We should not brush statements aside as merely irrational, but instead should ask the questions: “Why would that person claim that? Why would they wish to believe it? What audience is it directed towards? Why would they want others to accept it?”
According to the Confucius Institute, 40 million foreigners are now studying the Chinese language.That’s an impressive number. In fact, when you start doing rough calculations based on numbers of schools, teachers, and in comparison to other language programs, it is a literally unbelievably large number. For comparison’s sake, a U.S.-China institute in the U.S. did an actual count and found a little over 50,000 Americans studying Chinese, compared to 800,000 Americans studying Spanish. I know I’m comparing a U.S. number to a global number, but no matter how you run the estimate, it cannot be true that 40 million foreigners are studying Chinese. Maybe they should be, but they aren’t. When I raised with a Chinese colleague my doubts about the assertion, he said I was confusing numbers with statistics. 40 million should be read as “a vast number,” not as a statistical calculation.
One cultural attribute of those of us who are heirs to what is referred to as Western civilization (a gross generalization, but bear with me), is that we tend to take our facts seriously. When I read a “fact,” such as 40 million students of Chinese, I assume that you could assemble the students in a gigantic stadium and therein count 40 million people. When I simply absorb the point that many foreigners — and an increasing number — are studying Chinese, there is enough truth in that to serve the purpose. But, my immediate instinct was to start picking apart the number rather than focussing on the core idea.
I am a fan of the scientific method. Taking facts seriously has allowed us to enjoy health care, plentiful and varied food, the ability to travel widely, and to enjoy an incomparably richer cultural life than our forbearers. Statistical analysis has empowered us to track and stem epidemics, to manage our economies more predictably than in the past, and to make known the scale and scope of injustices. The ability to record, weigh, measure, and compare has been so powerful that we overestimate its ability to solve all our problems, including the management of foreign policy.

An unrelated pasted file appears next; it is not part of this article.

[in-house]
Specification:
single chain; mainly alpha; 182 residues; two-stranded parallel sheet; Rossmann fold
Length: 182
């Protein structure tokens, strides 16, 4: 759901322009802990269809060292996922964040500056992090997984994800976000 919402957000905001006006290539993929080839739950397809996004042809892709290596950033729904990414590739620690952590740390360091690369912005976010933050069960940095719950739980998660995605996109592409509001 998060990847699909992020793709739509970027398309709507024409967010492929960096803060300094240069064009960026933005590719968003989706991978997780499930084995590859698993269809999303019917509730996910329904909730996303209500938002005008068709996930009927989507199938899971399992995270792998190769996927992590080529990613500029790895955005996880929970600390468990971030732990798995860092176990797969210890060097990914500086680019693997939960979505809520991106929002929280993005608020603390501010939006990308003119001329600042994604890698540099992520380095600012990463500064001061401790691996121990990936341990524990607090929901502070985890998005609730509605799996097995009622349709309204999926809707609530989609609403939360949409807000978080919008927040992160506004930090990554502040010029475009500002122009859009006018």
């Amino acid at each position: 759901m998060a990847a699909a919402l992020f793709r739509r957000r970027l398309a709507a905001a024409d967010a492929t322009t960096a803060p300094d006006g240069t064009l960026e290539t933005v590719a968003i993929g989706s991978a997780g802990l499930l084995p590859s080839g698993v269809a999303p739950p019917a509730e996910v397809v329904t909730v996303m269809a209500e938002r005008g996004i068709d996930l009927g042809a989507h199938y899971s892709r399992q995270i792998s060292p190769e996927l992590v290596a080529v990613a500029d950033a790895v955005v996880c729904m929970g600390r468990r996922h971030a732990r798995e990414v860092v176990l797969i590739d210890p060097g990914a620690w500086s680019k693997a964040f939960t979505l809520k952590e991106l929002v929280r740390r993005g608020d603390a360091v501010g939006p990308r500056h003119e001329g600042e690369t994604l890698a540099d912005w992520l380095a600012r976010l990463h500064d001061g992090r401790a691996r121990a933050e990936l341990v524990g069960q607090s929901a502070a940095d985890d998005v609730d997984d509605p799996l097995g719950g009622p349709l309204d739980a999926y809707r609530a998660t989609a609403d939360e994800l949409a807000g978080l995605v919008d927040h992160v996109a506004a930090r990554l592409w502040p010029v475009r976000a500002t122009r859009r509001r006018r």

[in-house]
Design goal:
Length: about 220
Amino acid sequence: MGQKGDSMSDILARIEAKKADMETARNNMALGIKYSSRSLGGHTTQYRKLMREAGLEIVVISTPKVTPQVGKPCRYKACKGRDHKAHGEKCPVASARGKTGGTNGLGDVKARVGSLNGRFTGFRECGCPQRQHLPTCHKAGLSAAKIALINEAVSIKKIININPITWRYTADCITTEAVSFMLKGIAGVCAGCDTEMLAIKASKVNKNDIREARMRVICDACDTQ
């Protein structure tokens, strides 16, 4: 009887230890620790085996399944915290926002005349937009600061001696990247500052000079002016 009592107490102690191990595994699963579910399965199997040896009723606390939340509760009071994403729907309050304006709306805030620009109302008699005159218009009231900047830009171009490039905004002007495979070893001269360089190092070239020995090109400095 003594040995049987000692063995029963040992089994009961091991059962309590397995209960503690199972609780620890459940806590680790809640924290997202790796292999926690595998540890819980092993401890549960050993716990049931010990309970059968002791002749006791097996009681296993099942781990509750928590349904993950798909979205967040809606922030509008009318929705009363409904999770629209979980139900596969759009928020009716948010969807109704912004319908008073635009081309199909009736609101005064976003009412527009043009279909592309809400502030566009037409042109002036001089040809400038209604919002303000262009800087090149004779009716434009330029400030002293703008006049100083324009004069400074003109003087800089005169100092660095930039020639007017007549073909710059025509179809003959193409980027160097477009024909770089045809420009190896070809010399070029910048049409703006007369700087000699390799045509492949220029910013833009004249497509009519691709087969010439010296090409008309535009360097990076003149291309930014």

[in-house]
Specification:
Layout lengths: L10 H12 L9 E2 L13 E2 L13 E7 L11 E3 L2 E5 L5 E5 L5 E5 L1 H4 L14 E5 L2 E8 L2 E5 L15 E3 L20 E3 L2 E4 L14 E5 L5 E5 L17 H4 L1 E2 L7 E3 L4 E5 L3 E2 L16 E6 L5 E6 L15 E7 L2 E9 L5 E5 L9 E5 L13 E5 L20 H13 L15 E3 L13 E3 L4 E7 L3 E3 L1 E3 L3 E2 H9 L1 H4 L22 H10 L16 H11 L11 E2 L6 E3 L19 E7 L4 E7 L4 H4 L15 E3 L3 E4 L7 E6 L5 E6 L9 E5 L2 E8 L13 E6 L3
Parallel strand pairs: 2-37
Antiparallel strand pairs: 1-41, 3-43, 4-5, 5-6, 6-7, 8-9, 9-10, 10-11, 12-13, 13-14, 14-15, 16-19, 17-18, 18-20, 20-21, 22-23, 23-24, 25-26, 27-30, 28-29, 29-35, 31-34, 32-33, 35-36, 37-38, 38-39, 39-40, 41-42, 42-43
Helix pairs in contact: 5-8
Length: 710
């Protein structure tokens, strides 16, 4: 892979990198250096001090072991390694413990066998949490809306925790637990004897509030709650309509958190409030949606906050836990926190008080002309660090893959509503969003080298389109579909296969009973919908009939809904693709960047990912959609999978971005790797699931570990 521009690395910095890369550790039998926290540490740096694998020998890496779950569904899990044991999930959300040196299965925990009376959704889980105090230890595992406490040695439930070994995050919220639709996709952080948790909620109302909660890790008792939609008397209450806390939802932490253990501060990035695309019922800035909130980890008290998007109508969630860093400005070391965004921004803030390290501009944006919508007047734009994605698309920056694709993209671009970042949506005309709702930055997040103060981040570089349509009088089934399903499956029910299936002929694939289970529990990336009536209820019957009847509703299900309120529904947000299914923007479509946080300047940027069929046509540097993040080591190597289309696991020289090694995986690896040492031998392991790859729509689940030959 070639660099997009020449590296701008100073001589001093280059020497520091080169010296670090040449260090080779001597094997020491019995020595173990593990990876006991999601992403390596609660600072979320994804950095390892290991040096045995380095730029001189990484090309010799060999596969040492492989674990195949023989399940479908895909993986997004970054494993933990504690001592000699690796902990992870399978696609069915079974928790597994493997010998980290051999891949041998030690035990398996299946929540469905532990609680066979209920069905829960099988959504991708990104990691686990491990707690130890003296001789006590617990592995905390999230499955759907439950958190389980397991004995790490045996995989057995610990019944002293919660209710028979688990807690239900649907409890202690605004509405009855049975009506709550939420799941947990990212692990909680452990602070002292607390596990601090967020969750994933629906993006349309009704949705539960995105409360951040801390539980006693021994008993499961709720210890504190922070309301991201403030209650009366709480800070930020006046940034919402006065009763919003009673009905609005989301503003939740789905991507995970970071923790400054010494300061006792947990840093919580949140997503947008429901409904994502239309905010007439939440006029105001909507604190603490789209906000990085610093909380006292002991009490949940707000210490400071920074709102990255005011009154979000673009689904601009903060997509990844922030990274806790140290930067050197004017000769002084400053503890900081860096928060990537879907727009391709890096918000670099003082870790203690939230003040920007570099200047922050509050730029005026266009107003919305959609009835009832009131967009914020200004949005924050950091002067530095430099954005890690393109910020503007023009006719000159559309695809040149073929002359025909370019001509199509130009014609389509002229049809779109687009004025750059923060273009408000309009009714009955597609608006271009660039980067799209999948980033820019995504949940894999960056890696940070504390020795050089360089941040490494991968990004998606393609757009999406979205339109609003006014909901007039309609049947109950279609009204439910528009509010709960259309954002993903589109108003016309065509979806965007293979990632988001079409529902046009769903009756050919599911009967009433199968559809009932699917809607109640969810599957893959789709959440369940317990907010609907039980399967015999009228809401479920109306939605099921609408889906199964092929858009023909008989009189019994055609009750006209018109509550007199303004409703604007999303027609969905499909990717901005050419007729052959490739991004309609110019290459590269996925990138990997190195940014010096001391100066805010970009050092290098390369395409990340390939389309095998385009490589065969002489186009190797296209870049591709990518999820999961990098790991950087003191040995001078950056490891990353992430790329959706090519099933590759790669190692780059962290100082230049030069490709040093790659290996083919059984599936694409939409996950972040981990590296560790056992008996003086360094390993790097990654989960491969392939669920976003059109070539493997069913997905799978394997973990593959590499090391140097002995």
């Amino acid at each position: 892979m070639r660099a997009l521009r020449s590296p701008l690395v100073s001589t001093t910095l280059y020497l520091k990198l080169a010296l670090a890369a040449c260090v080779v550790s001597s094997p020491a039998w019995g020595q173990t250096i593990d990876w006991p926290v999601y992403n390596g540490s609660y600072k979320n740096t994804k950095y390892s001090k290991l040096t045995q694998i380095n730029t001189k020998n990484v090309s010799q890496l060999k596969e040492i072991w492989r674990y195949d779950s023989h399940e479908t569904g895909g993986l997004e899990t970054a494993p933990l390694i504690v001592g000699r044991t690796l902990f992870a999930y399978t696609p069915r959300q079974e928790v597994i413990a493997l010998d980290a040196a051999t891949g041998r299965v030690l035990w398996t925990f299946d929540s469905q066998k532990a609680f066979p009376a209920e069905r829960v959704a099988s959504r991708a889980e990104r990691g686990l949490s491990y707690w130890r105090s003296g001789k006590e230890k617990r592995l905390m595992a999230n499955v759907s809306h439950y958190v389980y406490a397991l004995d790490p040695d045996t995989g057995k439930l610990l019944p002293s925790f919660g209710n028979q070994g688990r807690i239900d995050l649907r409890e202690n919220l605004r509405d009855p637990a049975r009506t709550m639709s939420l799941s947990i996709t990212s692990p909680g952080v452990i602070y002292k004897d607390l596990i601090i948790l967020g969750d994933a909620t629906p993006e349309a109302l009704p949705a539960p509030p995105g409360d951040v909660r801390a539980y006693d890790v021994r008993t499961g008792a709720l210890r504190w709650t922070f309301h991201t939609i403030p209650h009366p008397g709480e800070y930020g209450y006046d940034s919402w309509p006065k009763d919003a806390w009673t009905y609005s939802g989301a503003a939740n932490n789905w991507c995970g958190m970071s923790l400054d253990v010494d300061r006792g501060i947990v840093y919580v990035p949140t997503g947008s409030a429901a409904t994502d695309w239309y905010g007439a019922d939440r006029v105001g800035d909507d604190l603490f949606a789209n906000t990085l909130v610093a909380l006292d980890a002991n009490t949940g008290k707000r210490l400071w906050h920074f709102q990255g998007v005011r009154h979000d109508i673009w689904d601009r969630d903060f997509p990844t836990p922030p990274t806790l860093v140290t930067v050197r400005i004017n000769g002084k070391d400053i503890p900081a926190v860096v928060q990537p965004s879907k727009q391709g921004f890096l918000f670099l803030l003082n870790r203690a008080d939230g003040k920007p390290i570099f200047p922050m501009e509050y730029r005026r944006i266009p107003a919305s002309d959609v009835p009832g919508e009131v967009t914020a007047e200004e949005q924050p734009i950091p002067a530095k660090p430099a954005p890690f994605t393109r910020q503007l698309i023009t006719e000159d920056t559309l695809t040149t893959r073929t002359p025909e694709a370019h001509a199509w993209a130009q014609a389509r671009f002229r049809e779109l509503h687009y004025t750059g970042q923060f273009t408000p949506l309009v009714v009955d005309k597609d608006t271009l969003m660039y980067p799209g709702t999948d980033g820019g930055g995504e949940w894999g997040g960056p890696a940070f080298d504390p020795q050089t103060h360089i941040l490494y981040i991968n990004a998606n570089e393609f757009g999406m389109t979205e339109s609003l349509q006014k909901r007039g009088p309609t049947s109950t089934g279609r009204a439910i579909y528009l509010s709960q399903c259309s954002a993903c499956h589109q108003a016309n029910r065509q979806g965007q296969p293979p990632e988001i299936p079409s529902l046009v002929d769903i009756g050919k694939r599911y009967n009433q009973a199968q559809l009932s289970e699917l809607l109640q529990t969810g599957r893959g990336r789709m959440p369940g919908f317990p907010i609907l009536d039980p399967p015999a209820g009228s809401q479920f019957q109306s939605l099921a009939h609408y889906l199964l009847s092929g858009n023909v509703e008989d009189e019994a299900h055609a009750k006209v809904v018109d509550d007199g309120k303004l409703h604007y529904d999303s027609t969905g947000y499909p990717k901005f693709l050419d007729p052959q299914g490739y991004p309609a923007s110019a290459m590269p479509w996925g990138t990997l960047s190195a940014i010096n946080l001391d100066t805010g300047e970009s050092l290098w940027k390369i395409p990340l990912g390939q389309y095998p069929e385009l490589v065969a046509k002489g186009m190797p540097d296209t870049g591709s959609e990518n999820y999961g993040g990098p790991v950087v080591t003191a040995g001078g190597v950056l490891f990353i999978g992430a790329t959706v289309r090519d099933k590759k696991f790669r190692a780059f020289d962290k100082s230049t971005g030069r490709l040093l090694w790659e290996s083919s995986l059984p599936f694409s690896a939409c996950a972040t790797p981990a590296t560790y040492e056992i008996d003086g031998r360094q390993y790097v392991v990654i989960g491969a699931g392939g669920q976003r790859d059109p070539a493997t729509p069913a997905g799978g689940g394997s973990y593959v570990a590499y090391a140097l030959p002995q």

Consciously or not, American diplomats tend to view the world as a vast court of law, and the international community as a sometimes jury. We’d rather not spend our time in court. We’d rather work cooperatively with other nations to solve shared problems, engage in healthy economic competition, and settle disputes amicably, as (global) neighbors should. However, when a dispute breaks out, or when another country acts in ways contrary to the law (the UN charter, treaty obligations, and international law provide a standard), we want to present evidence to the jury that will rationally persuade them that our case is better than that of our opponents. If we win the case, we hope that will be enough in itself for our opponents to back down. If they don’t, we believe that international law enforcement may be required to enforce the judgement. We expect that we will win our cases by presenting the best factual evidence.